With an estimated 40.3m people in modern slavery in any given time in 2016, this issue encompasses many industries and geographies with devastating affects to people’s lives. But awareness and action are low among companies and their investors, and question marks remain around the effectiveness of current legislation.
A recent Themis report, Preventing modern slavery and human trafficking: an agenda for action across the financial services sectors, found awareness of the issue among the financial services industry was low.
It found 30% of financial services employees polled do not believe modern slavery is something that happens in the UK, and 43% of board level managers, and director level employees either did not know if their organisation had a modern slavery policy to manage their slavery risks or confirmed they did not have one at all.
“One of the overriding responses we have received has been ‘What has this to do with us?’,” said Themis CEO Dickon Johnstone. “Our research highlights a clear involvement the financial sector has with modern slavery and human trafficking.”
As well as the risks to workers, companies and their investors face reputational, financial, governance and regulatory risk from modern slavery.
“Modern slavery can pose significant reputational and operational risks to companies and can negatively impact their long-term performance,” Leon Kamhi, head of responsibility at Hermes Investment Management, said.
The UK Modern Slavery Act 2015 requires all companies with a turnover of more than £36m to produce an annual statement on the steps taken to tackle modern slavery and human trafficking in their organisations and supply chains.
In January 2020, the UK government announced plans to introduce fines for failure to comply with the Act and increase the number of companies covered under the legislation, although these changes have not yet been confirmed.
“The government has recently announced it will legislate to bolster these provisions mandating six areas of disclosure, setting a deadline for completion and requiring the statements to be filed in a new online registry,” said Dame Sara Thornton, UK independent anti-slavery commissioner, in the Themis report.
“However, I share concerns across civil society this may not be enough to address the spectrum of abuses, including slavery and trafficking, suffered by the most vulnerable workers in fields, farms and factories across the world.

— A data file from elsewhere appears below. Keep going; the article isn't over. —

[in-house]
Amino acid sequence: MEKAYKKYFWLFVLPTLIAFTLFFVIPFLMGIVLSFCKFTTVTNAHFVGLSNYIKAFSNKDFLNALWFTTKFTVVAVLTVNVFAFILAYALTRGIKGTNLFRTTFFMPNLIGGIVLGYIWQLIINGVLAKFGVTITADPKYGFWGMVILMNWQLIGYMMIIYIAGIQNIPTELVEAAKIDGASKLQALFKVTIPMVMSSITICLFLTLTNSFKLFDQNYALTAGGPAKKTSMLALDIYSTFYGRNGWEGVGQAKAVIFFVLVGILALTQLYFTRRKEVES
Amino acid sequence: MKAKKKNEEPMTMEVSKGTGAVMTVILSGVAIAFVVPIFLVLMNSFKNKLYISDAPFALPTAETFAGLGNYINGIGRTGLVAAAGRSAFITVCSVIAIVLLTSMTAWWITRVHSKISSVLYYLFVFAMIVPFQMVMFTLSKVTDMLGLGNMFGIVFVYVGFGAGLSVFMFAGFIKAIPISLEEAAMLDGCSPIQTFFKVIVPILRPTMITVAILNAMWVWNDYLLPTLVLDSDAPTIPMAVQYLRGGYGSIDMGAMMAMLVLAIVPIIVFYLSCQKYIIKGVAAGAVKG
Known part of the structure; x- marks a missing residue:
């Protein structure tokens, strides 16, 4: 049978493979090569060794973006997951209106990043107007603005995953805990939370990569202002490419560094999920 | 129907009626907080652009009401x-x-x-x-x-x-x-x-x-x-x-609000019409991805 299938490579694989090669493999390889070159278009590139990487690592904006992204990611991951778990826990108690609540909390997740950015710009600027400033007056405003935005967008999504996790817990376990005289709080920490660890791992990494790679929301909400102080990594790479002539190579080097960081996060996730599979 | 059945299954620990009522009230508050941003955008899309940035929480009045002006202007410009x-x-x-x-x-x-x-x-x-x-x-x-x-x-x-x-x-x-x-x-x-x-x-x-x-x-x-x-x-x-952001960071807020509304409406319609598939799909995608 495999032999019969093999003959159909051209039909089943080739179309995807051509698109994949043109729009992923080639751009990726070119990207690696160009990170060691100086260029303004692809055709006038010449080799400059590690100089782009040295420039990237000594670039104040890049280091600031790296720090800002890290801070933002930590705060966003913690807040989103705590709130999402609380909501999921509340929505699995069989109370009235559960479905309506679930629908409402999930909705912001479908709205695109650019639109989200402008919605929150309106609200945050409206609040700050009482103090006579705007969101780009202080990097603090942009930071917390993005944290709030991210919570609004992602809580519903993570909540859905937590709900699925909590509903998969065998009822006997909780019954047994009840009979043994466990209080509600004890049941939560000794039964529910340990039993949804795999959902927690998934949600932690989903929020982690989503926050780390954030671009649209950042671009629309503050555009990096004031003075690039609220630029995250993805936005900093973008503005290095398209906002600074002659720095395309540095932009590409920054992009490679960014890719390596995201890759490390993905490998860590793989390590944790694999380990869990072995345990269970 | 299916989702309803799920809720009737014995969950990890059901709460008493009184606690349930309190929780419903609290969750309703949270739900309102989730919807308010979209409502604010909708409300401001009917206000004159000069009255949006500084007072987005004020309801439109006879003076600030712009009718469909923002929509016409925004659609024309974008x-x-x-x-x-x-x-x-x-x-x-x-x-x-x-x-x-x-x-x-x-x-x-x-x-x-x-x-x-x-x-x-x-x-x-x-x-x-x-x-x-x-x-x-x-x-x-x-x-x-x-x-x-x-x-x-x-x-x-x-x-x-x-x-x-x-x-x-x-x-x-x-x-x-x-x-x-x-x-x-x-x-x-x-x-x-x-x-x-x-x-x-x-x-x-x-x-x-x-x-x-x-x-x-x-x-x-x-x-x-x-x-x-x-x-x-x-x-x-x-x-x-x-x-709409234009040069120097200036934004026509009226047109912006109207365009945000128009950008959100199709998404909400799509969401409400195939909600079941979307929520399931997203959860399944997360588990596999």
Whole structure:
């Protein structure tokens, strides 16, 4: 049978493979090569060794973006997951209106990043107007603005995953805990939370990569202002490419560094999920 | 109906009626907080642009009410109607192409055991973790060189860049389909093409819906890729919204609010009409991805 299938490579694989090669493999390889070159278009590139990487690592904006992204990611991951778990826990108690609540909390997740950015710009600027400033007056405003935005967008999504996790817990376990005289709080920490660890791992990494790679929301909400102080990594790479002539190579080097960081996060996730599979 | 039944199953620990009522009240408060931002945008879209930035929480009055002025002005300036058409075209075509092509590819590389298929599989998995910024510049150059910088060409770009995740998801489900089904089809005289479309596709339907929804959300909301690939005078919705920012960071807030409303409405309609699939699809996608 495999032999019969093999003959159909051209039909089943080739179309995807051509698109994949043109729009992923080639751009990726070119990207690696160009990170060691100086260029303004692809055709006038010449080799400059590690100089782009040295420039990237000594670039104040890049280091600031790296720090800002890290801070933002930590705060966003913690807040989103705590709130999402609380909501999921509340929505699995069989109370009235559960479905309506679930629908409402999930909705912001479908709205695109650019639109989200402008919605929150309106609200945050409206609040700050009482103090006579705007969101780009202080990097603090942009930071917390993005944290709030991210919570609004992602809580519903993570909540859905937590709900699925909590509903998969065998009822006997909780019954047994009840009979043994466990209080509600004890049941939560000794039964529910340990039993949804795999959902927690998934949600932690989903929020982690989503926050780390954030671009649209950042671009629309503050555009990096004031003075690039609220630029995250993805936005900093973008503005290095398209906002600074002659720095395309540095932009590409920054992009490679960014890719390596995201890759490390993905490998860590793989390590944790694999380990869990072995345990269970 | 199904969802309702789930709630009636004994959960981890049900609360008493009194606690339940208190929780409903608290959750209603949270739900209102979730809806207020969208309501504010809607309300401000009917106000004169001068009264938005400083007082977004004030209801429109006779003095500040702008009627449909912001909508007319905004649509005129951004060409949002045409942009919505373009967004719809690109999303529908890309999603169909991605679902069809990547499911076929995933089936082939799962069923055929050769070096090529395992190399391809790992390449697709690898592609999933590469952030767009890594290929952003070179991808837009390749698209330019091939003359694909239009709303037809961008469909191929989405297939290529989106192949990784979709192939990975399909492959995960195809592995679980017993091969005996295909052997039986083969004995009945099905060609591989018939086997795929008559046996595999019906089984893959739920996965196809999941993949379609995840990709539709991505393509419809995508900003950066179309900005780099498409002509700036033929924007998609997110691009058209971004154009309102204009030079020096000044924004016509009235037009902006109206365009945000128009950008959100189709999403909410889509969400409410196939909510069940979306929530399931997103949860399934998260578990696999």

“I am convinced the only way we will make a step change is if business leaders set the tone from the top and commit to eradicating all forms of coercive labour practices. The UK government supports the UN Guiding Principles on Business and Human Rights and expects business to respect human rights, but human rights due diligence is not currently required by statute. Surely it is better to do the right thing rather than be forced to do so by legislation?”
Are harsher penalties the way forward? A recent Fitch Ratings report, Modern Slavery and Labour Risk in Global Supply Chains, said current and upcoming laws related to modern slavery primarily focus on improving disclosure rather than penalties for violations, with several lacking any enforcement mechanisms.
“We expect customer and financial institution responses to labour rights violations revealed by improved transparency will have more influence on credit profiles than the penalties, at least initially. However, there is increasing societal pressure for governments to tighten regulations around modern slavery, which may drive further policy developments.”
This week, Rathbones released its 2020 Votes Against Slavery report. Rathbones said it was driven to act after it became clear that enforcement provisions in Section 54 of the 2015 Modern Slavery Act were proving insufficient.
Co-ordinated through the PRI Collaboration Platform, 20 investors joined Rathbones – representing a combined AUM of £3.2trn – to set up Votes Against Slavery, which asks FTSE 350 companies to meet the reporting requirements of Section 54 of the UK Modern Slavery Act 2015.
This most recent report found 20 out of 22 companies contacted were compliant as at 31 December 2020.
Matt Crossman, head of stewardship at Rathbones, and ESG Clarity editorial panellist, said: “Our engagement shows the power of focussing on a specific, measurable aspect of legal compliance with a clear and very public outcome for failure. We not only pulled together our largest collaboration by assets under management on any issue but also saw an impressive response from target companies. It’s a great example of responsible investors stepping up on the ‘S’ of ‘ESG’, an area often forgotten.”
Compliance means only that companies meet reporting requirements, not necessarily that they have upped their action on reducing modern slavery. For example, the Rathbones report noted BBGI Sicav had an outdated statement and is now aware it must update its statement annually.
“This successful engagement on reporting opens the door to talk about actually reducing modern slavery, set within the crucial context of shared trust and history with the target companies,” Crossman said.
He added: “We are only scratching the surface of the pervasive problem of forced labour and human trafficking. The pandemic has once again exposed the vulnerabilities of global supply chains.
“It is our hope that the success of Votes Against Slavery can drive a step-change in company attitudes to human rights due diligence and supply chain reporting.”